This occurs when the liver cells start to build-up fat, although there is no inflammation or scarring at this stage. There are often no symptoms in this early stage, so many people are unaware they have a fatty liver. For many people, fatty liver does not develop any further, and with a healthy diet and regular exercise, the excess fat in liver cells can be reduced. It is thought that approximately 20% of people with simple fatty liver, will go on to develop non-alcoholic steatohepatitis or NASH.
The second stage of NAFLD is non-alcoholic steatohepatitis (NASH);
This stage occurs when the build-up of fat in the liver cells is accompanied with inflammation. This stage is thought to affect up to 5% of the population in the UK, or 1 in every 20 people. Inflammation occurs when the liver is repairing damaged tissue. If the amount of damaged tissue increases, the liver may eventually struggle to repair it fast enough and the inflamed tissue can remain as a scar. When scar tissue starts to develop, this is known as fibrosis.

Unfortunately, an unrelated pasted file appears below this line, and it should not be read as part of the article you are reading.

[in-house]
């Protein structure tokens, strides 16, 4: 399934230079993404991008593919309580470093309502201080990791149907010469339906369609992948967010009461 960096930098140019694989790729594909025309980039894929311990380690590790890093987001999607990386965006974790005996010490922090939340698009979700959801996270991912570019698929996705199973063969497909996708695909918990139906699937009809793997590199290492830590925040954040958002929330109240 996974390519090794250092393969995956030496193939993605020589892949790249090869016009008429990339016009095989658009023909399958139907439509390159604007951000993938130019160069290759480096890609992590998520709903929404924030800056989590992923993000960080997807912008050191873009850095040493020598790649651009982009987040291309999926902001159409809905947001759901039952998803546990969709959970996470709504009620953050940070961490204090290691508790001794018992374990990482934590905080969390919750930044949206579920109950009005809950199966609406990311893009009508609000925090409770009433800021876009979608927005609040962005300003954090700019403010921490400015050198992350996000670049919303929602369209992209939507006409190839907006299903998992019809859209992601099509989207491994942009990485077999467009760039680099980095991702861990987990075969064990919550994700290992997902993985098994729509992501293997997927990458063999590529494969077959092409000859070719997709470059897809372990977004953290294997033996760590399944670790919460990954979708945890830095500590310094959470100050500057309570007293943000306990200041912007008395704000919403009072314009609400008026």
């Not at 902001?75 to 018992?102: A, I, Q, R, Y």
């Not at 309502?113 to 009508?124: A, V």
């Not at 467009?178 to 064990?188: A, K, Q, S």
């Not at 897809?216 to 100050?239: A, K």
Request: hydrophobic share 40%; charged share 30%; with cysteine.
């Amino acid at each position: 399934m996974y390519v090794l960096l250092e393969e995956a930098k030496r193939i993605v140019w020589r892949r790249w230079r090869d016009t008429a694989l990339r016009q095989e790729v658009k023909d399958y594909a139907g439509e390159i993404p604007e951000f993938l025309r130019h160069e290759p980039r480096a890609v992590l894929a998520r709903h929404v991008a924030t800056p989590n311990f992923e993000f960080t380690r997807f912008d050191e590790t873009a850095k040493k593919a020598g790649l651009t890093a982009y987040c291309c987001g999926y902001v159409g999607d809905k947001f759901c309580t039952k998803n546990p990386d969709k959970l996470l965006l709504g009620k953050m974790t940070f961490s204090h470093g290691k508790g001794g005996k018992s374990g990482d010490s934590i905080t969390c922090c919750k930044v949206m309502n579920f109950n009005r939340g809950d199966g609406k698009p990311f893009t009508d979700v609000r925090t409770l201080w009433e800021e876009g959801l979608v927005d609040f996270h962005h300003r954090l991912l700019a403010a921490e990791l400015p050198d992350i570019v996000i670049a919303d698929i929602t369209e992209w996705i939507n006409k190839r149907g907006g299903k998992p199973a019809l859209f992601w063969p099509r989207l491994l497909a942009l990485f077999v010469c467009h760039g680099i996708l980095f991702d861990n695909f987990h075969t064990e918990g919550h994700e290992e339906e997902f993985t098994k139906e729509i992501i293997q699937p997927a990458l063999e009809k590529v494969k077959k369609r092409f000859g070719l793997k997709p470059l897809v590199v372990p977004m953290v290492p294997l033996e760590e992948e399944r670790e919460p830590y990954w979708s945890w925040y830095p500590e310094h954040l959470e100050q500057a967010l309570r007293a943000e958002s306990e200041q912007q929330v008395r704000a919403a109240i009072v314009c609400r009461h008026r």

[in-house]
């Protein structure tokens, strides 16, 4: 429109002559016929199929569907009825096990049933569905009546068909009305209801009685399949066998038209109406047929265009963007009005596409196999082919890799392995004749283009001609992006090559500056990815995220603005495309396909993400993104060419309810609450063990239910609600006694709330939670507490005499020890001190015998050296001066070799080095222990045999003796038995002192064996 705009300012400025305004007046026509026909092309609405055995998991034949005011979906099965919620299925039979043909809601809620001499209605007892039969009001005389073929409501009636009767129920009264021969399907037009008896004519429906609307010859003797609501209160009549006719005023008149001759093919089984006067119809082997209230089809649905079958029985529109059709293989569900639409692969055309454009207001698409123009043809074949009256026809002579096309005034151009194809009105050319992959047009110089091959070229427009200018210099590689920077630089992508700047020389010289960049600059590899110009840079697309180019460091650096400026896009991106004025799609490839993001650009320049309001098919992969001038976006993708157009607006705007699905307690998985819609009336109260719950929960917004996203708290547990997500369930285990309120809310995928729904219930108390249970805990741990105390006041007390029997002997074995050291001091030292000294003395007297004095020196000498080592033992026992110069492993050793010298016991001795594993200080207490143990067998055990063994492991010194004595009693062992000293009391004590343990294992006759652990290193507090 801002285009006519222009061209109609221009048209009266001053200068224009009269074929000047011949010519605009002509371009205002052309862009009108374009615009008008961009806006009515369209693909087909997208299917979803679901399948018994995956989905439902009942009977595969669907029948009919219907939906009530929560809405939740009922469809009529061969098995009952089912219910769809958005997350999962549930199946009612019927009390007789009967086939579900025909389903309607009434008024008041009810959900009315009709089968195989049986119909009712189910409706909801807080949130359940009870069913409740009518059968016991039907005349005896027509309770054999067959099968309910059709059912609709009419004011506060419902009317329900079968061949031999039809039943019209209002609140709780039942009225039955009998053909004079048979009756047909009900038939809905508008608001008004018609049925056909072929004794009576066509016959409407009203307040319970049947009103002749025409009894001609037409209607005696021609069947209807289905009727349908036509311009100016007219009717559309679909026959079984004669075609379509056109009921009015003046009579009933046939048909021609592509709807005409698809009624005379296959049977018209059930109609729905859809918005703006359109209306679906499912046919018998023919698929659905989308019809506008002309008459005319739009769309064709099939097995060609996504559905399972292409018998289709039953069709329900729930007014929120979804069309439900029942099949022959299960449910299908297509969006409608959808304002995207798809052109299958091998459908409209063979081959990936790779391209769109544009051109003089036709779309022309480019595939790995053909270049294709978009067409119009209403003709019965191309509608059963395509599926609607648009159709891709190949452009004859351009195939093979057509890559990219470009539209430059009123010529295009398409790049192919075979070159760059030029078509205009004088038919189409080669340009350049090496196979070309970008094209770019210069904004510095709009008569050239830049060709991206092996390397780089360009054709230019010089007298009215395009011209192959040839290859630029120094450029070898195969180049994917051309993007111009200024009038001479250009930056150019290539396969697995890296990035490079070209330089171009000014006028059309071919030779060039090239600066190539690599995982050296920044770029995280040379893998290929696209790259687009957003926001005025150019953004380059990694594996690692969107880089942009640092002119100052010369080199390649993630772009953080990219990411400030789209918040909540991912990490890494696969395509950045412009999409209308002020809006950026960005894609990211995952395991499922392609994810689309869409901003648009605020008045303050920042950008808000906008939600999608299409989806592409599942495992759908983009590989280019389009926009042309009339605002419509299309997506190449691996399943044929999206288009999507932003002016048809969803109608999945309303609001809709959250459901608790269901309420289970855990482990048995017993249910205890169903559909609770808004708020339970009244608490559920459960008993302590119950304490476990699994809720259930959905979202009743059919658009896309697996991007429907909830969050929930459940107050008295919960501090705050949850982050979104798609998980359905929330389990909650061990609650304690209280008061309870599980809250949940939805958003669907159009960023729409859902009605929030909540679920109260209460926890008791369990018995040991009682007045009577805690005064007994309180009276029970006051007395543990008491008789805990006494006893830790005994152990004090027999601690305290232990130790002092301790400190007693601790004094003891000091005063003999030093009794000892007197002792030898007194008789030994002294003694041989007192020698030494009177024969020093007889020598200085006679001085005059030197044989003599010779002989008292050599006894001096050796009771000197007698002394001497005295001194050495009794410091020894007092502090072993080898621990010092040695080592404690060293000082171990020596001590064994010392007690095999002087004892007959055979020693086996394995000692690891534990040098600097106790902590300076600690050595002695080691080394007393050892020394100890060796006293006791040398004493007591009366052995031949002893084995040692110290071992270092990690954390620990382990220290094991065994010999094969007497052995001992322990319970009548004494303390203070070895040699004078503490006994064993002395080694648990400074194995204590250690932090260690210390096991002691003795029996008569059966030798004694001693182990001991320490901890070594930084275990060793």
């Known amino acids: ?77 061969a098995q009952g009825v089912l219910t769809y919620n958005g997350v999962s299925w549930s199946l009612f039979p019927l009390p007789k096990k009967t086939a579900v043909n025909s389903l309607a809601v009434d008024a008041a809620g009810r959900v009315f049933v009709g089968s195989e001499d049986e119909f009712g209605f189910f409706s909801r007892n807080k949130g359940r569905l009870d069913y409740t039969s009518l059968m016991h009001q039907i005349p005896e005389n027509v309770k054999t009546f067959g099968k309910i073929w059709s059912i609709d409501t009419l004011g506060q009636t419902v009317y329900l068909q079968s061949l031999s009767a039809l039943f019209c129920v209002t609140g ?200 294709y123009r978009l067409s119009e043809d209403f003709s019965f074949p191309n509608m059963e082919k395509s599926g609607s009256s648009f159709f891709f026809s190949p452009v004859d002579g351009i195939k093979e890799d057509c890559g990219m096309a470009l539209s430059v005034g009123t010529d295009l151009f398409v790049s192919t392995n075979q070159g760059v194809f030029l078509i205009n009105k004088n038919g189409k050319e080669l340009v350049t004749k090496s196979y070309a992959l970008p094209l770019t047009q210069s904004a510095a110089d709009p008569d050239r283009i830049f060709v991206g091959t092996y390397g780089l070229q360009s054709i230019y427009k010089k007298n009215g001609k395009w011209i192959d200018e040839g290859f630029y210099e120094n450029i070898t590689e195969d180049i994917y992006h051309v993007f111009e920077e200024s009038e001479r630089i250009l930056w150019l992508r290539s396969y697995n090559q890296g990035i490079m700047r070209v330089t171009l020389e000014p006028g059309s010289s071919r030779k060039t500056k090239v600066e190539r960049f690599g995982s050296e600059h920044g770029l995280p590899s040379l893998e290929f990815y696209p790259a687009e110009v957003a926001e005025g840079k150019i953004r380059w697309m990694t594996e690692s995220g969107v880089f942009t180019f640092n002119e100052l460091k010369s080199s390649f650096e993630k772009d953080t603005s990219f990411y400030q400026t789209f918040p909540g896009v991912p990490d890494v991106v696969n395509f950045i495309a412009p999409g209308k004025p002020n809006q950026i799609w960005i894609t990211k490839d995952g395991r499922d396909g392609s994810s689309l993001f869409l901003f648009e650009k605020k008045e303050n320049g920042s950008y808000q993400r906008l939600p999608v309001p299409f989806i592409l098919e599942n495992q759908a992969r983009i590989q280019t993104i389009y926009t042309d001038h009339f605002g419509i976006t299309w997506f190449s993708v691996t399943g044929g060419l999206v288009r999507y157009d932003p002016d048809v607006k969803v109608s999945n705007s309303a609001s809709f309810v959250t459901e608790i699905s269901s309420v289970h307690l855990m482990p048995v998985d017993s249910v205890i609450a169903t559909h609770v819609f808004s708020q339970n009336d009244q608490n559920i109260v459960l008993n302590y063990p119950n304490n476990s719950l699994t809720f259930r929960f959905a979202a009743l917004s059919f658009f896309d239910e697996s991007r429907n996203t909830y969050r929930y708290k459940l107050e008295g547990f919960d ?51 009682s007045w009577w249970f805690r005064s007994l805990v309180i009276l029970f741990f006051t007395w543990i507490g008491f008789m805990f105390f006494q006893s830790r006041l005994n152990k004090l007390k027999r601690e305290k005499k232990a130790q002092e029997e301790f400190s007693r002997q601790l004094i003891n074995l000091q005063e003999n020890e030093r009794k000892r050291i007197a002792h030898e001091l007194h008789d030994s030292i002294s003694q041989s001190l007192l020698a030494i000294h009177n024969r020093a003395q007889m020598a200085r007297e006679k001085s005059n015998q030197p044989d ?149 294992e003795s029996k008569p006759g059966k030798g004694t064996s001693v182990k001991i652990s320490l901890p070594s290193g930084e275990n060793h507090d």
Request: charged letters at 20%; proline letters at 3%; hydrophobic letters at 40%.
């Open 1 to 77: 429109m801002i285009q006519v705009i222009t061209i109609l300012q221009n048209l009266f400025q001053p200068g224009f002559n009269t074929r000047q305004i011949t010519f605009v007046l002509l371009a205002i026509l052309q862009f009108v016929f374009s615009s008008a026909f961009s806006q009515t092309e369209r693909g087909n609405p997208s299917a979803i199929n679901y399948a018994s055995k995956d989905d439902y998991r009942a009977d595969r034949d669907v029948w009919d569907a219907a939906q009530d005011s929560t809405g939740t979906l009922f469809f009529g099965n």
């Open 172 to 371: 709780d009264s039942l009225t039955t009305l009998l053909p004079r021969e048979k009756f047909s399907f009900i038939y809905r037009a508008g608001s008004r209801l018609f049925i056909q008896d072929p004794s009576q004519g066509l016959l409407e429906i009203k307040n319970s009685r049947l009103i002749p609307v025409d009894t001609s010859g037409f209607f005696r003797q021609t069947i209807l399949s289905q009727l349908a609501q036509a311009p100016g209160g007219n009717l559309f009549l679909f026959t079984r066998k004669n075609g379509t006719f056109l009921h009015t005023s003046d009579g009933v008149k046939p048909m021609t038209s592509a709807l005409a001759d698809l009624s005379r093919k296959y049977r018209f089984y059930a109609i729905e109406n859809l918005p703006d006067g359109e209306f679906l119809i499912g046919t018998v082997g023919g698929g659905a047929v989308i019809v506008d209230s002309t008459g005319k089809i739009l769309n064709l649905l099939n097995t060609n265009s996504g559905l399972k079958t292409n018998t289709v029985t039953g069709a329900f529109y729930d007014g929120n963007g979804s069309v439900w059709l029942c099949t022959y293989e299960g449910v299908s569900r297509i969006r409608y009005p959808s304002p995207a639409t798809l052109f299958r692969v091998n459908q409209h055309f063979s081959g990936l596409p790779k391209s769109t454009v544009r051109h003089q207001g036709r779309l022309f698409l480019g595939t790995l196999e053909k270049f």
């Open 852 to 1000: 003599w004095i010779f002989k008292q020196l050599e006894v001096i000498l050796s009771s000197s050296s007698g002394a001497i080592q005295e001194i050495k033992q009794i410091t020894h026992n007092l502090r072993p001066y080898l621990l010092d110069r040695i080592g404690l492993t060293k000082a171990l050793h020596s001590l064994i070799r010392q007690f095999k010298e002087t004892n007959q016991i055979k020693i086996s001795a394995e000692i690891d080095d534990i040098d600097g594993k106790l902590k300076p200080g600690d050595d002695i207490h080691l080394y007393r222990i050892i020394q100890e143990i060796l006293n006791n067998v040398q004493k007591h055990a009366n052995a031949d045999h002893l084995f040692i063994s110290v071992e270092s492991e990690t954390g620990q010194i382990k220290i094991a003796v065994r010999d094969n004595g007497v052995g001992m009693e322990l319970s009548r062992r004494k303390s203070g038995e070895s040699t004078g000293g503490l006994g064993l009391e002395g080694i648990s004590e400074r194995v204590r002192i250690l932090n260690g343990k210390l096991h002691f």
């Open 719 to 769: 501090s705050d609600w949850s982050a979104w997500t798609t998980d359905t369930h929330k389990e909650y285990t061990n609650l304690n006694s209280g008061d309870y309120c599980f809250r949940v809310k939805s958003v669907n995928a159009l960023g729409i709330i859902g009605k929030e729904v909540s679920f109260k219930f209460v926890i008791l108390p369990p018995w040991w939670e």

The third stage of NAFLD is fibrosis;
This occurs when there is persistent scar tissue in the liver and in the blood vessels around the liver. The liver can still function quite well at this stage, and removing or treating the cause of the inflammation may prevent further progression or even reverse some of the damage. However, if over time, the scar tissue starts to replace a lot of the normal liver tissue, the function of the liver is affected. This can lead to cirrhosis.
The fourth stage of NAFLD is cirrhosis;
At this stage, the liver stops working properly, and symptoms start to appear, such as yellowing of the skin and whites of the eyes and a dull ache in the lower right side of the ribs. The scar tissue in liver cirrhosis is difficult to remove, although further progression can be halted if the cause of the liver damage is removed.
Most people with NAFLD have the early stage of the disease (simple fatty liver or steatosis) and only a small number develop the more serious stages. It can take several years for fibrosis or cirrhosis to develop. Although there are often no symptoms accompanying the early stages of NAFLD, it is important to think about the health of your liver.